Induced pluripotent stem cells (iPSCs) represent a valuable alternative to stem cells (SCs) in regenerative medicine overcoming their ethical limitations, like embryo disruption. Takahashi and Yamanaka in 2006 reprogrammed, for the first time, mouse fibroblasts into iPSCs through the retroviral delivery of four reprogramming factors: Oct3/4, Sox2, c-Myc and Klf4 (SKOM). Since then, several studies started reporting the derivation of iPSC lines from animals other than rodents for translational and veterinary medicine. Here, we review the potential of using these cells for further intriguing applications, such as "cellular agriculture". IPSCs, indeed, can be a source of in vitro, skeletal muscle tissue, namely "cultured meat", a product that improves animal welfare and encourages the consumption of healthier meat along with environment preservation. Also, we report the potential of using iPSCs, obtained from endangered species, for therapeutic treatments for captive animals and for assisted reproductive technologies as well. This review offers a unique opportunity to explore the whole spectrum of iPSC applications from regenerative translational and veterinary medicine to the production of artificial meat and the preservation of currently endangered species. This article is protected by copyright. All rights reserved.

Anatomical templates for tissue (re)generation and beyond

Mavaro, Isabella;De Felice, Elena;Palladino, Antonio;D'Angelo, Livia;Girolamo, Paolo;Attanasio, Chiara
Ultimo
2020

Abstract

Induced pluripotent stem cells (iPSCs) represent a valuable alternative to stem cells (SCs) in regenerative medicine overcoming their ethical limitations, like embryo disruption. Takahashi and Yamanaka in 2006 reprogrammed, for the first time, mouse fibroblasts into iPSCs through the retroviral delivery of four reprogramming factors: Oct3/4, Sox2, c-Myc and Klf4 (SKOM). Since then, several studies started reporting the derivation of iPSC lines from animals other than rodents for translational and veterinary medicine. Here, we review the potential of using these cells for further intriguing applications, such as "cellular agriculture". IPSCs, indeed, can be a source of in vitro, skeletal muscle tissue, namely "cultured meat", a product that improves animal welfare and encourages the consumption of healthier meat along with environment preservation. Also, we report the potential of using iPSCs, obtained from endangered species, for therapeutic treatments for captive animals and for assisted reproductive technologies as well. This review offers a unique opportunity to explore the whole spectrum of iPSC applications from regenerative translational and veterinary medicine to the production of artificial meat and the preservation of currently endangered species. This article is protected by copyright. All rights reserved.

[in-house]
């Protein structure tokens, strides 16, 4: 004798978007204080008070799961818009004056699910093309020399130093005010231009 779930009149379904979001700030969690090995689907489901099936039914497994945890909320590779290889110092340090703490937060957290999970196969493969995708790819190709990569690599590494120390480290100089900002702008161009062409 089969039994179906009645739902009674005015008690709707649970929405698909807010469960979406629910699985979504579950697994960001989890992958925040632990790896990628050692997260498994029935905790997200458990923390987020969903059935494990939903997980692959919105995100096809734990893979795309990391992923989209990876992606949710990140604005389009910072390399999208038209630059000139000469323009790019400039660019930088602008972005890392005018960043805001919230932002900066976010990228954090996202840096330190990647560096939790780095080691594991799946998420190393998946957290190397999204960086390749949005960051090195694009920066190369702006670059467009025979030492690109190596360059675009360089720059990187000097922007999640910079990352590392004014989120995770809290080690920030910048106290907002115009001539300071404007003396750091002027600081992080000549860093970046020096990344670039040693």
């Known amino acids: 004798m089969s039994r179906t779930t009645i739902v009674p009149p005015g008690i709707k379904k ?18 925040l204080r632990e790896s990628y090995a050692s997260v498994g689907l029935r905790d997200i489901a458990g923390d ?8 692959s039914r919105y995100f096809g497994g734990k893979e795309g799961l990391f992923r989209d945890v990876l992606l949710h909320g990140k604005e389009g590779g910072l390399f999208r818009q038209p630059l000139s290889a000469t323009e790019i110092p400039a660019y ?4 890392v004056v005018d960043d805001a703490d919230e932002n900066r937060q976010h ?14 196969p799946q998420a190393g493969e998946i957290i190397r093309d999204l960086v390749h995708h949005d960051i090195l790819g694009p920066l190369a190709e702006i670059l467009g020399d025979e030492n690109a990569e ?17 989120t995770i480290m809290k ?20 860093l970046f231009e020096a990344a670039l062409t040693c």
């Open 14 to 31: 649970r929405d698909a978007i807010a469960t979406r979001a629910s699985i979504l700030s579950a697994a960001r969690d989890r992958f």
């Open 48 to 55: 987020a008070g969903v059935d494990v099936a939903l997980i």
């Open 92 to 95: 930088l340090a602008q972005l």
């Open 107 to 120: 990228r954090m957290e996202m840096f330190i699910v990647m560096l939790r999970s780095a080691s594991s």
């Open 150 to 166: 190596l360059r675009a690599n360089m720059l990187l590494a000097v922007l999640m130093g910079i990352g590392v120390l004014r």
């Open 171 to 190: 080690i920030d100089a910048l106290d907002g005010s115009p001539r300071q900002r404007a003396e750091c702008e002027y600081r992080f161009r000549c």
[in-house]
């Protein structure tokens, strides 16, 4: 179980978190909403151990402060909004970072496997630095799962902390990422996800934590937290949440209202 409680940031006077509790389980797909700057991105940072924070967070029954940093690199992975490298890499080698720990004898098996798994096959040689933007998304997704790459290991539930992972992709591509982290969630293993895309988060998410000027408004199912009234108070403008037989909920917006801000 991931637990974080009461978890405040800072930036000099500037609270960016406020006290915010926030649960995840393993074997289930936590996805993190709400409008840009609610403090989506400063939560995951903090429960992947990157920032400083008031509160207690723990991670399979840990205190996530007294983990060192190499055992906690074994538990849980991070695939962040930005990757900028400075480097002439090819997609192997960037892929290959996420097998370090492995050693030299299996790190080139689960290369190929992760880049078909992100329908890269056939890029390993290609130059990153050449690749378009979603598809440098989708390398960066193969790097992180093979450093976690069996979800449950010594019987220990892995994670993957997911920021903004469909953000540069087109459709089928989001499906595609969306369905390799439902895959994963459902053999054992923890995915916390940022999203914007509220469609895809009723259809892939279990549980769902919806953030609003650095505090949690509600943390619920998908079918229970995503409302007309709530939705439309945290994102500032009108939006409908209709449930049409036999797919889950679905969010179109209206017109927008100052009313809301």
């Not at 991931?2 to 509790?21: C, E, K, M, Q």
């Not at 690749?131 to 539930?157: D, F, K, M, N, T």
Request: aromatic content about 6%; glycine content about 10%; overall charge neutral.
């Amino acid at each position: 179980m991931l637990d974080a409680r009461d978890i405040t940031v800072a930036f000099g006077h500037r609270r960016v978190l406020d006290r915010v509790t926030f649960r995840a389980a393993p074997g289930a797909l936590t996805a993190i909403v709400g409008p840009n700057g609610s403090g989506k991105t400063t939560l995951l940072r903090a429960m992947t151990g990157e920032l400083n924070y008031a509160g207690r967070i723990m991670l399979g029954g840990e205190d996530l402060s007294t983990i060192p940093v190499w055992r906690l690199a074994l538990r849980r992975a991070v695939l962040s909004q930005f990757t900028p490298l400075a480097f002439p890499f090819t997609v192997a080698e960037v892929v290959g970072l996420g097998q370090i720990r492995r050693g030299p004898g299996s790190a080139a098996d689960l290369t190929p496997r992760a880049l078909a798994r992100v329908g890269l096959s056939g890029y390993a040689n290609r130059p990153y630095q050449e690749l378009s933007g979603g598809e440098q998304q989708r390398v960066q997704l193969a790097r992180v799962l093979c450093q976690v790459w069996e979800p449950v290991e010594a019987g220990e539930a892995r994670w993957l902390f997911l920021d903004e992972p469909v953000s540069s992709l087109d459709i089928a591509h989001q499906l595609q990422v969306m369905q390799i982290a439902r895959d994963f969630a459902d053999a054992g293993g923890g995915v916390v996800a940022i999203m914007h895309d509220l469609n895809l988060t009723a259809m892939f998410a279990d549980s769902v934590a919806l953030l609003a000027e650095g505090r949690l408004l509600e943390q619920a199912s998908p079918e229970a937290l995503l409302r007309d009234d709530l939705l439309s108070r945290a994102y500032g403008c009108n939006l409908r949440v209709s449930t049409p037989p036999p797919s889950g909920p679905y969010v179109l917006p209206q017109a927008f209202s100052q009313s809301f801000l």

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Utilizza questo identificativo per citare o creare un link a questo documento: https://hdl.handle.net/11588/815466
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